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Angel Investing As a Taxi Ride

In the convoluted microcosmos of Silicon Valley, it is more common to find a person who is an ‘angel investor’ than a person who owns a bike. Angel investors by definition allocate a small amount of their own investment funds to support companies that give companies a financial taxi lift. One thing few people realize is that to get into that taxi you need to be ready, and you need to know where you are going, and when do you think you will get out.

So, in financial terms to access angel investments you need to:

1. Get yourself to the taxi: you need to be able to walk on your two feet, or with the help of a device. We don’t invest unless you have an established company, a tax id, a defined product or service, a prototype or a defined set of promises, some form of market validation (sorry your friends do not count). We don’t take crawling babies without parents – but we take babies with parents and we call that pivoting. And yes, both babies and parents get out on the next stop.

2. Carry a wallet. Have some skin in the game. The best way to put this in perspective is this: if you are not going to take a risk, I’m not taking it for you.

3. Speak the language. To understand each other we need to speak the same language, and in many many cases that means that the financial language needs to be clear to you. Oh yes, and the business language, and the execution language. You don’t need these languages to apply for some jobs, but if you want the title of entrepreneur, you need the language to get hired.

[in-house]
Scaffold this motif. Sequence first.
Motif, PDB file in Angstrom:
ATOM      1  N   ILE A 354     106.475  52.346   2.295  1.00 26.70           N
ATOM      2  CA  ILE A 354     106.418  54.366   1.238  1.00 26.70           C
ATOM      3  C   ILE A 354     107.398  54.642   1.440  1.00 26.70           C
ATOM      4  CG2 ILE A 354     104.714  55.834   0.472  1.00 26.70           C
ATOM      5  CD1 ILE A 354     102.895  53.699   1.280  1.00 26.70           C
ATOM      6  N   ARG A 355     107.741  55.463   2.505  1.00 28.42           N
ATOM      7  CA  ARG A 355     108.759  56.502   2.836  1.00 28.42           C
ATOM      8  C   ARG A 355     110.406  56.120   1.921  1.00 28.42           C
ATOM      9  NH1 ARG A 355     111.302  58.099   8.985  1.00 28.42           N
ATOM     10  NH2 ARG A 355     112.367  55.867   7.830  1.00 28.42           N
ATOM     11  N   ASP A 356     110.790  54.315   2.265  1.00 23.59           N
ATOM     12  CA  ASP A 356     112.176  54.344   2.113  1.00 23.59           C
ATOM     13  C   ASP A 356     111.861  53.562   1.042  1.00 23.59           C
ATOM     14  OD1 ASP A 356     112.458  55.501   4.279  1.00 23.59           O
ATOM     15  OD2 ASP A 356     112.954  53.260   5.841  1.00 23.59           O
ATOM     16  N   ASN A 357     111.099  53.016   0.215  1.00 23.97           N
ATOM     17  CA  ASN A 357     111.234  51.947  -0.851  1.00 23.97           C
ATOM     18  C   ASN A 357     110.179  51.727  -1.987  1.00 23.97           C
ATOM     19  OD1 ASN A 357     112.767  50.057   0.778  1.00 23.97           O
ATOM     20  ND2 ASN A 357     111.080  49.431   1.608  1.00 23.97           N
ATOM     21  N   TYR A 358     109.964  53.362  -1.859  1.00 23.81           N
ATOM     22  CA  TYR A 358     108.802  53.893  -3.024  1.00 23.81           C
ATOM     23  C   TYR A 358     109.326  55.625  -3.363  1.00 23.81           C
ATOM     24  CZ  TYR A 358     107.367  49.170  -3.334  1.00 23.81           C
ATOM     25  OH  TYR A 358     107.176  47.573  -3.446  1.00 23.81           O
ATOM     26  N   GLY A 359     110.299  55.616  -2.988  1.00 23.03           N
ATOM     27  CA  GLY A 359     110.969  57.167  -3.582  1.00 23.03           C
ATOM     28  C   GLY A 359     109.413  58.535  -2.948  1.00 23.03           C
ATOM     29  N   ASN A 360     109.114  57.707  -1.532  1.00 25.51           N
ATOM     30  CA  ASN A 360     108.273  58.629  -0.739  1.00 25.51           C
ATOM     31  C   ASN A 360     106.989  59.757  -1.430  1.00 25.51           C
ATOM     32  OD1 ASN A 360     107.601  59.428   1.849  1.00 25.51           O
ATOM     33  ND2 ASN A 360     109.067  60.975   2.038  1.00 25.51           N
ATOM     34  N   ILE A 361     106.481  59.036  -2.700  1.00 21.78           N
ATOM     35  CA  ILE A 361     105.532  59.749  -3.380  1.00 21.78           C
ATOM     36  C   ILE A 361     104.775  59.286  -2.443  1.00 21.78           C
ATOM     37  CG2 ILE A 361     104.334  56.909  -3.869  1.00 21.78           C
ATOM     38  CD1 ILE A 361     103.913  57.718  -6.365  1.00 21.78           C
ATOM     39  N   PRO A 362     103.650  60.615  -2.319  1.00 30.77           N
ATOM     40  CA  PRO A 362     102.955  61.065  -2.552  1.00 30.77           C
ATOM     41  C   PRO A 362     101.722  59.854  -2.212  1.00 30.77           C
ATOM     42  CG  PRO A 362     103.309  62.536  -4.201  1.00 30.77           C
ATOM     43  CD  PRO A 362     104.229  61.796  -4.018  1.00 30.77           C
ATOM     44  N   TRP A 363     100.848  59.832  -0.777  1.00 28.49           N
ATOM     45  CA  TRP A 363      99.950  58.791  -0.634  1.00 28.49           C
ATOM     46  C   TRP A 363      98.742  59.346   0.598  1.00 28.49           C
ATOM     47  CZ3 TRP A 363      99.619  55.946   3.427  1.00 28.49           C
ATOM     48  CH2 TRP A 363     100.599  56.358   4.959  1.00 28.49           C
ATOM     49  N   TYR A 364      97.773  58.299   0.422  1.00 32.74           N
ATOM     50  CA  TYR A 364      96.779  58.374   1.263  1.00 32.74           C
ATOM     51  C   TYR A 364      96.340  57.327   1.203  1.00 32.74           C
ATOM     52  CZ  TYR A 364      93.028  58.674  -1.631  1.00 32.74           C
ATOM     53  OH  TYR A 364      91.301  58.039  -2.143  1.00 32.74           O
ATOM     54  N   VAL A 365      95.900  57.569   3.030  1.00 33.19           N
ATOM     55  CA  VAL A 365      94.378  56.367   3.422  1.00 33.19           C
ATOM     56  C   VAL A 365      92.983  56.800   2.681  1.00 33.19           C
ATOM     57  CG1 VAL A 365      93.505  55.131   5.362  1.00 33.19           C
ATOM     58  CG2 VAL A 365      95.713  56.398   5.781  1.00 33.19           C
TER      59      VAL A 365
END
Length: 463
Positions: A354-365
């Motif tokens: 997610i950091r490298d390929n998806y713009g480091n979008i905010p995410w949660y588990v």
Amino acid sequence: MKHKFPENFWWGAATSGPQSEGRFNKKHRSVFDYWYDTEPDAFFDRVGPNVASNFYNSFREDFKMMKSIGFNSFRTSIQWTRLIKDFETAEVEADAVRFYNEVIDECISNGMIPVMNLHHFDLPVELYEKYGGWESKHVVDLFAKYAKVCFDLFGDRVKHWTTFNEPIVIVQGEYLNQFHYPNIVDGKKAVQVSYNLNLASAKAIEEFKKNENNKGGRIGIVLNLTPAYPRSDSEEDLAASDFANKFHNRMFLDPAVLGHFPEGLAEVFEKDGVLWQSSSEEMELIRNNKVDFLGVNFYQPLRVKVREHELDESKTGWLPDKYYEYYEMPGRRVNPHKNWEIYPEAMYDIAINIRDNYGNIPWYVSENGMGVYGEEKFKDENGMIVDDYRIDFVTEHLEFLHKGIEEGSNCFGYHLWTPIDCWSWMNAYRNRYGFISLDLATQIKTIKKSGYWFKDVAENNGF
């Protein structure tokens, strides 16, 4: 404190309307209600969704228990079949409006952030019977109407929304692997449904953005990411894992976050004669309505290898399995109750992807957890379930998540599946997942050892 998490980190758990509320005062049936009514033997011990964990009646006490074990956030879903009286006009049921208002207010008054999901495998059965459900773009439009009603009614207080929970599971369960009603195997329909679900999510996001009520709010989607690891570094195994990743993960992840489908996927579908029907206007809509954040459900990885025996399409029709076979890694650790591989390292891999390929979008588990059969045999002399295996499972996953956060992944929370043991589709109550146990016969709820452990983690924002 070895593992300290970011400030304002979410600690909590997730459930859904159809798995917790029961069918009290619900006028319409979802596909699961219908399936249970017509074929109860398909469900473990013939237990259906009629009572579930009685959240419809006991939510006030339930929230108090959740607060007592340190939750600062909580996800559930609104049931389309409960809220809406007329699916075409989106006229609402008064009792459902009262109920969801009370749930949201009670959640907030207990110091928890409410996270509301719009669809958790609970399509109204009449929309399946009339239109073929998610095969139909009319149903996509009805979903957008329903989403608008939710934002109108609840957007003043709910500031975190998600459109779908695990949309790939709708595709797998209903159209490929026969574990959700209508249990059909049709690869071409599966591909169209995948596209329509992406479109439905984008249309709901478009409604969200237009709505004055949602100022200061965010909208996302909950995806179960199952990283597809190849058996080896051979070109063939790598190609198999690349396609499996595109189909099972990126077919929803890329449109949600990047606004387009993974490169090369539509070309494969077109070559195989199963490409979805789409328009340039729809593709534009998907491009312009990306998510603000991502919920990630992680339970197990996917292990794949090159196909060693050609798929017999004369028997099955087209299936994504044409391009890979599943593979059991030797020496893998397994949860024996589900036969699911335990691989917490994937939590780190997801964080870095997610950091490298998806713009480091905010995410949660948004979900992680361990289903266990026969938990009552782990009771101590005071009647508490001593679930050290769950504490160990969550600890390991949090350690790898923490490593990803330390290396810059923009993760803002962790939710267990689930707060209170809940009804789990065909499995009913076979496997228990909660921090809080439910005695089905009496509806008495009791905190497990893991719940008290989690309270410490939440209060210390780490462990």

4. Have direction. Knowing where you are going and how to measure you are on the right track is critical. Yes, there might be accidents but you can do a plan B on the spot if you know where you are going. It also helps if you know the route, if you’ve taken a similar route before or if you have advisors along the way that can check in. Or you can take a ride with others and everyone benefits.

5. Accept some guidance. You might know the route, the goal, and the starting point, but we are in the business of transportation. We are in this day in and day out, and know when and where there is traffic, bottlenecks, stop signs, and landing spots. We also know the best time to take off, run, and go. And we know what has changed or not since the last time you took a ride.

6. Plan your exit. Taxis need your space to carry more passengers. You will need to get out at some point. I once said that the best description of the angel investor- entrepreneur relationship was this: how can we part ways and be happy about our time together? This is one of the most exciting opportunities to create something in such a lose structure. Angel investors invite entrepreneurs to their taxis at the expense of other rides, they spend time and resources together, and they expect financial and emotional rewards. We want to feel good about taking you from here to there. Entrepreneurs must also choose who they take the ride with. You can’t go to the moon in a bike, but you can enjoy the ride in a different way, and you will NEED that taxi to take you to the shuttle’s landing, or the airport, the train station, the port.

Thinking about Angel Investing as a time-defined transportation helps you manage this funding mechanism, but if you want to fund your company, whether it is a small company or a young one, there are many other ways to do it. Don’t limit yourself thinking that angels are the only ways to fund a company. Sometimes there not, and sometimes there are not even the best way.

Having an angel invest in your company does not define your success.


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